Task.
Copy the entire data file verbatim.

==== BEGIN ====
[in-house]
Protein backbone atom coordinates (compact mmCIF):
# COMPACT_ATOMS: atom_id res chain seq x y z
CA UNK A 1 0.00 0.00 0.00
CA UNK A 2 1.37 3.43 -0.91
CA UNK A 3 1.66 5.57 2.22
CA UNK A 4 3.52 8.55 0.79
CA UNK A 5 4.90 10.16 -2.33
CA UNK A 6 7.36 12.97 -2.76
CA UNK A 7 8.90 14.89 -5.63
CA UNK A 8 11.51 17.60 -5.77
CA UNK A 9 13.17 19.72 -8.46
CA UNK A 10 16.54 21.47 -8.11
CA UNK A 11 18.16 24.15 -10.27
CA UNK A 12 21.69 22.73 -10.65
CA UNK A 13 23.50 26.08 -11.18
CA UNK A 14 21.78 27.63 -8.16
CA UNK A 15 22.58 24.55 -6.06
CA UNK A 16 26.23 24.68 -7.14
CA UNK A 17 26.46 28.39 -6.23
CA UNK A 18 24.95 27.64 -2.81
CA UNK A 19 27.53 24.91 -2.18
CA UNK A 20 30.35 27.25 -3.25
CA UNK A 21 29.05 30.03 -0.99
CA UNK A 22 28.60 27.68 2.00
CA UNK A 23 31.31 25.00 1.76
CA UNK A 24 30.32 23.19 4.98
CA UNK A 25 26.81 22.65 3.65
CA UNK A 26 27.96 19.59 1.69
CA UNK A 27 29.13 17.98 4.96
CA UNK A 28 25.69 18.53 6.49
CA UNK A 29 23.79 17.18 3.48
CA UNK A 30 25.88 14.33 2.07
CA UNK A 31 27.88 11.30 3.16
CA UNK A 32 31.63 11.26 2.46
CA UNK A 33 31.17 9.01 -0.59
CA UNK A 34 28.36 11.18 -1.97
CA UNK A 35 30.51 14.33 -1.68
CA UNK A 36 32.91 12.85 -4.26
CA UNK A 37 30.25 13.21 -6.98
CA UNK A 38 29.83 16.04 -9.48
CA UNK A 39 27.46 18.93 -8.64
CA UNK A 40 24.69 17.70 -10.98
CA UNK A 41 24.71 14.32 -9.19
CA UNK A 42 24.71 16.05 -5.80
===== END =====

[in-house]
Protein backbone atom coordinates (compact mmCIF):
# COMPACT_ATOMS: atom_id res chain seq x y z
CA UNK A 1 0.00 0.00 0.00
CA UNK A 2 1.37 3.43 -0.91
CA UNK A 3 1.66 5.57 2.22
CA UNK A 4 3.52 8.55 0.79
CA UNK A 5 4.90 10.16 -2.33
CA UNK A 6 7.36 12.97 -2.76
CA UNK A 7 8.90 14.89 -5.63
CA UNK A 8 11.51 17.60 -5.77
CA UNK A 9 13.17 19.72 -8.46
CA UNK A 10 16.54 21.47 -8.11
CA UNK A 11 18.16 24.15 -10.27
CA UNK A 12 21.69 22.73 -10.65
CA UNK A 13 23.50 26.08 -11.18
CA UNK A 14 21.78 27.63 -8.16
CA UNK A 15 22.58 24.55 -6.06
CA UNK A 16 26.23 24.68 -7.14
CA UNK A 17 26.46 28.39 -6.23
CA UNK A 18 24.95 27.64 -2.81
CA UNK A 19 27.53 24.91 -2.18
CA UNK A 20 30.35 27.25 -3.25
CA UNK A 21 29.05 30.03 -0.99
CA UNK A 22 28.60 27.68 2.00
CA UNK A 23 31.31 25.00 1.76
CA UNK A 24 30.32 23.19 4.98
CA UNK A 25 26.81 22.65 3.65
CA UNK A 26 27.96 19.59 1.69
CA UNK A 27 29.13 17.98 4.96
CA UNK A 28 25.69 18.53 6.49
CA UNK A 29 23.79 17.18 3.48
CA UNK A 30 25.88 14.33 2.07
CA UNK A 31 27.88 11.30 3.16
CA UNK A 32 31.63 11.26 2.46
CA UNK A 33 31.17 9.01 -0.59
CA UNK A 34 28.36 11.18 -1.97
CA UNK A 35 30.51 14.33 -1.68
CA UNK A 36 32.91 12.85 -4.26
CA UNK A 37 30.25 13.21 -6.98
CA UNK A 38 29.83 16.04 -9.48
CA UNK A 39 27.46 18.93 -8.64
CA UNK A 40 24.69 17.70 -10.98
CA UNK A 41 24.71 14.32 -9.19
CA UNK A 42 24.71 16.05 -5.80